The pleasures of poetryout loud
Among our Poets Laureate, who has doneand continues to domore to bring poetry to people, and people to poetry, than Robert Pinsky? Author of eight collections of verse himself, translator of the Inferno (a national bestseller), essayist, editor and critic, not only of poetry but of America itself, Pinsky has assembled a new anthology of poems to read aloud, Essential Pleasures. Accompanied by a CD on which Pinsky reads a brief selection, including Keats and the single heartbreaking poem left behind by Chidiock Tichbourne, this book brings home the message behind much that he has written earlier, including The Sounds of Poetry: what's on the page is primarily an aural and oral art, fully enjoyed when we're willing to use our ears as well as our eyes.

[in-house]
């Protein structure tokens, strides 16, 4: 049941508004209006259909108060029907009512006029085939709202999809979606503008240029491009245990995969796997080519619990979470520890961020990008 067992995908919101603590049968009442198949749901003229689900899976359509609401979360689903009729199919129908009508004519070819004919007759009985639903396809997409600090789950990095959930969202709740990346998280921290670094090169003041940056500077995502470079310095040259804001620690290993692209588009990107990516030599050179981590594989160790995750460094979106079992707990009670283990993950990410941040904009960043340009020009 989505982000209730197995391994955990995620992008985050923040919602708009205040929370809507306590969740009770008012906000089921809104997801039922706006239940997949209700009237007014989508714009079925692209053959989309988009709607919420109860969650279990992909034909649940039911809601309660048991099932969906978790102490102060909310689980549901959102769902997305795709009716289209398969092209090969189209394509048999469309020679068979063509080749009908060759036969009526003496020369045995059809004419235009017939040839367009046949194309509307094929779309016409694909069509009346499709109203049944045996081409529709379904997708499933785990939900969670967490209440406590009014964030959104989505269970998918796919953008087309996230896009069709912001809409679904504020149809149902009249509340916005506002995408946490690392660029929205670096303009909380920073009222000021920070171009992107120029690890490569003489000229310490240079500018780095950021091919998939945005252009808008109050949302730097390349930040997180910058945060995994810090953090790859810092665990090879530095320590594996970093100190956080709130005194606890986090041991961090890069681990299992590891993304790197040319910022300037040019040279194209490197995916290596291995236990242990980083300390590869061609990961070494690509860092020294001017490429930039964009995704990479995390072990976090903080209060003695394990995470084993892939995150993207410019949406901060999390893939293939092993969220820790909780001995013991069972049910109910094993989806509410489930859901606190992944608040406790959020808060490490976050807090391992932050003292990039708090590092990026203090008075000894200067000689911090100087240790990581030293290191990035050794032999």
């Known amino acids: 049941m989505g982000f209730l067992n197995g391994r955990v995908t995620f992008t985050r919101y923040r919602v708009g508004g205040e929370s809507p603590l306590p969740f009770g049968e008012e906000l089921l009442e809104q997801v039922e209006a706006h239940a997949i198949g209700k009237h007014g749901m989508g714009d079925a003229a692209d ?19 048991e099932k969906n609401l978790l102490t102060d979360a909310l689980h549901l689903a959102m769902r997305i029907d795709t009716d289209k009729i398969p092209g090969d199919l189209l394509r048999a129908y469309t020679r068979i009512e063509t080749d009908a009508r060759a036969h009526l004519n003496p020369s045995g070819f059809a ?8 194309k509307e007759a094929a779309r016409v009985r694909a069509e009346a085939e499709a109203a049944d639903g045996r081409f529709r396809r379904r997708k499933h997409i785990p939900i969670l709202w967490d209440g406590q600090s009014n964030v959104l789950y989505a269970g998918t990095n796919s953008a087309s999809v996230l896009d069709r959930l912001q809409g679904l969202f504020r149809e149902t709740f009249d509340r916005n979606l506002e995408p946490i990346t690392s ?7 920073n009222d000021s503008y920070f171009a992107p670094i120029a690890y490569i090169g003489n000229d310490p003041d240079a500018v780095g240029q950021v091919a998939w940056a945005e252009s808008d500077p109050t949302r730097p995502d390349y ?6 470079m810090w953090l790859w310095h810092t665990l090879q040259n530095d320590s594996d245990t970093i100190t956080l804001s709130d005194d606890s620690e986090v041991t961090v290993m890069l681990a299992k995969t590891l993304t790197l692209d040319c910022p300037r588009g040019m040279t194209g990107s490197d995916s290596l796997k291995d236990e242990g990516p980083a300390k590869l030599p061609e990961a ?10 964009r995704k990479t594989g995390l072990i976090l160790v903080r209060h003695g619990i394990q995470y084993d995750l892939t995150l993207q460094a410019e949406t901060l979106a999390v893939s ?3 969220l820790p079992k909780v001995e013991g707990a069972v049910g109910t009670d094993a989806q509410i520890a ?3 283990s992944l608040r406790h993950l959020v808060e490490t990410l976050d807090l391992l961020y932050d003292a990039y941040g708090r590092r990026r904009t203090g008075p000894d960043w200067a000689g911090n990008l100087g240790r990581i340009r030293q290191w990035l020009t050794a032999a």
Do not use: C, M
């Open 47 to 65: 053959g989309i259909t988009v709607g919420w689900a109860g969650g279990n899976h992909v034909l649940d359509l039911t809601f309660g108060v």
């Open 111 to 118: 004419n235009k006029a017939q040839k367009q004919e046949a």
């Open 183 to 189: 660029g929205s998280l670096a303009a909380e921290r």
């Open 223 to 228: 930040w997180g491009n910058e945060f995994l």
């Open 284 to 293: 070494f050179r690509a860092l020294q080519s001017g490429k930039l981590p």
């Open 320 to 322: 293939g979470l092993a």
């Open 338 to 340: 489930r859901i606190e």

Pinsky divides the book into seven modes of poems, preceding each selection with a succinct and helpful essay on what's to come. Starting with "Short Lines, Frequent Rhymes," he moves to "Ballads, Repetitions, Refrains," where the reader will find one of the earliest and most beloved poems in the language, the anonymously written "Western Wind." There's a section of love poems, of course, and the book ends with "Parodies, Ripostes, Jokes, and Insults," including C.D. Wright's "Personals," which opens, "Some nights I sleep with my dress on. My teeth / are small and even . . . Since 1971 or before, I have hunted a bench / where I could eat my pimento cheese in peace." Essential Pleasures is a delight to keep at any bedside, on any desk or in any lunchbox.